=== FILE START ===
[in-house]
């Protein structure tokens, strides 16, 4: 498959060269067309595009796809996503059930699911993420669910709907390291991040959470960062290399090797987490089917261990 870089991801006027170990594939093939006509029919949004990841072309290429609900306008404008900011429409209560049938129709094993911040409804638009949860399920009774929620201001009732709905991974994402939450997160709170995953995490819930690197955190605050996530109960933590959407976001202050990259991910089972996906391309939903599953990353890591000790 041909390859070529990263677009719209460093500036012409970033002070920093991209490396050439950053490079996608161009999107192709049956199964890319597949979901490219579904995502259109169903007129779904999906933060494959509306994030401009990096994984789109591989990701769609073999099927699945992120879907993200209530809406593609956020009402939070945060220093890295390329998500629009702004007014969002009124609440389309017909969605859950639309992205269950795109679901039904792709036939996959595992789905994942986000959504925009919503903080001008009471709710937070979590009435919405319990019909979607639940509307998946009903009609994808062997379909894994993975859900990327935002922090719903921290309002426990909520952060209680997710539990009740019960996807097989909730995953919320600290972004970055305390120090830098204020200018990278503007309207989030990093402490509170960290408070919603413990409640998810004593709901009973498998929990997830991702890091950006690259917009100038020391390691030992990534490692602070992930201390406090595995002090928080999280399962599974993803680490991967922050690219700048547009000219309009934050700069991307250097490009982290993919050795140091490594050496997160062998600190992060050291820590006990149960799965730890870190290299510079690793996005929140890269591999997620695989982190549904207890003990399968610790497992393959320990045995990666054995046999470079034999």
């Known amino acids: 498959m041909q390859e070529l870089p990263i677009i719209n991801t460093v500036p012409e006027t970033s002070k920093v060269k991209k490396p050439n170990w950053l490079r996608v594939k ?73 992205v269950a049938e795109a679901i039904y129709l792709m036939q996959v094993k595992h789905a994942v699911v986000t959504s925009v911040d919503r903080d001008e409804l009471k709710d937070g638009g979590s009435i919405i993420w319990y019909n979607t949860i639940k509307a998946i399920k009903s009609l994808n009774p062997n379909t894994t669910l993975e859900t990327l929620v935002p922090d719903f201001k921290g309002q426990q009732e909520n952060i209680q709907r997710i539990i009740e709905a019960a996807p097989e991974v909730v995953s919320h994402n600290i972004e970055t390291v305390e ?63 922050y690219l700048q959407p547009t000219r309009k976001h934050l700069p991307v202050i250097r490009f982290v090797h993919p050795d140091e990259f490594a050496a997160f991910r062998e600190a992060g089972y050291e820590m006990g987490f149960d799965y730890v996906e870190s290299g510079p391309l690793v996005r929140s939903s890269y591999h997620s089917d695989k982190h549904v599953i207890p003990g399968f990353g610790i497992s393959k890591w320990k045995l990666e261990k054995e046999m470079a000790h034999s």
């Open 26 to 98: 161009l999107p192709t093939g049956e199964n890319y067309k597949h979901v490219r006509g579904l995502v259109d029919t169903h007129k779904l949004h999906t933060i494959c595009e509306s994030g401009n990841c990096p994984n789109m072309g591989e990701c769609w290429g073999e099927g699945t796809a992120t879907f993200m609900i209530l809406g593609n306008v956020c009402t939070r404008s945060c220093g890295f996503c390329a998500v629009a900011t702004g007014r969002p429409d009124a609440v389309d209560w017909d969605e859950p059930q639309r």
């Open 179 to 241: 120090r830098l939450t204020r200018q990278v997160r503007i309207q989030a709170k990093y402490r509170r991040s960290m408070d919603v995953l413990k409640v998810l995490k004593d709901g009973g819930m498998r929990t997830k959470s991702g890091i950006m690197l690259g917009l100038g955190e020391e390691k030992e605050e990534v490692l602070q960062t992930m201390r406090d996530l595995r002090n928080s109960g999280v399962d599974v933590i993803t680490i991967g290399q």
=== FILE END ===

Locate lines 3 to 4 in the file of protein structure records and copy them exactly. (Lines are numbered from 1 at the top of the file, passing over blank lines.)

């Known amino acids: 498959m041909q390859e070529l870089p990263i677009i719209n991801t460093v500036p012409e006027t970033s002070k920093v060269k991209k490396p050439n170990w950053l490079r996608v594939k ?73 992205v269950a049938e795109a679901i039904y129709l792709m036939q996959v094993k595992h789905a994942v699911v986000t959504s925009v911040d919503r903080d001008e409804l009471k709710d937070g638009g979590s009435i919405i993420w319990y019909n979607t949860i639940k509307a998946i399920k009903s009609l994808n009774p062997n379909t894994t669910l993975e859900t990327l929620v935002p922090d719903f201001k921290g309002q426990q009732e909520n952060i209680q709907r997710i539990i009740e709905a019960a996807p097989e991974v909730v995953s919320h994402n600290i972004e970055t390291v305390e ?63 922050y690219l700048q959407p547009t000219r309009k976001h934050l700069p991307v202050i250097r490009f982290v090797h993919p050795d140091e990259f490594a050496a997160f991910r062998e600190a992060g089972y050291e820590m006990g987490f149960d799965y730890v996906e870190s290299g510079p391309l690793v996005r929140s939903s890269y591999h997620s089917d695989k982190h549904v599953i207890p003990g399968f990353g610790i497992s393959k890591w320990k045995l990666e261990k054995e046999m470079a000790h034999s």
């Open 26 to 98: 161009l999107p192709t093939g049956e199964n890319y067309k597949h979901v490219r006509g579904l995502v259109d029919t169903h007129k779904l949004h999906t933060i494959c595009e509306s994030g401009n990841c990096p994984n789109m072309g591989e990701c769609w290429g073999e099927g699945t796809a992120t879907f993200m609900i209530l809406g593609n306008v956020c009402t939070r404008s945060c220093g890295f996503c390329a998500v629009a900011t702004g007014r969002p429409d009124a609440v389309d209560w017909d969605e859950p059930q639309r």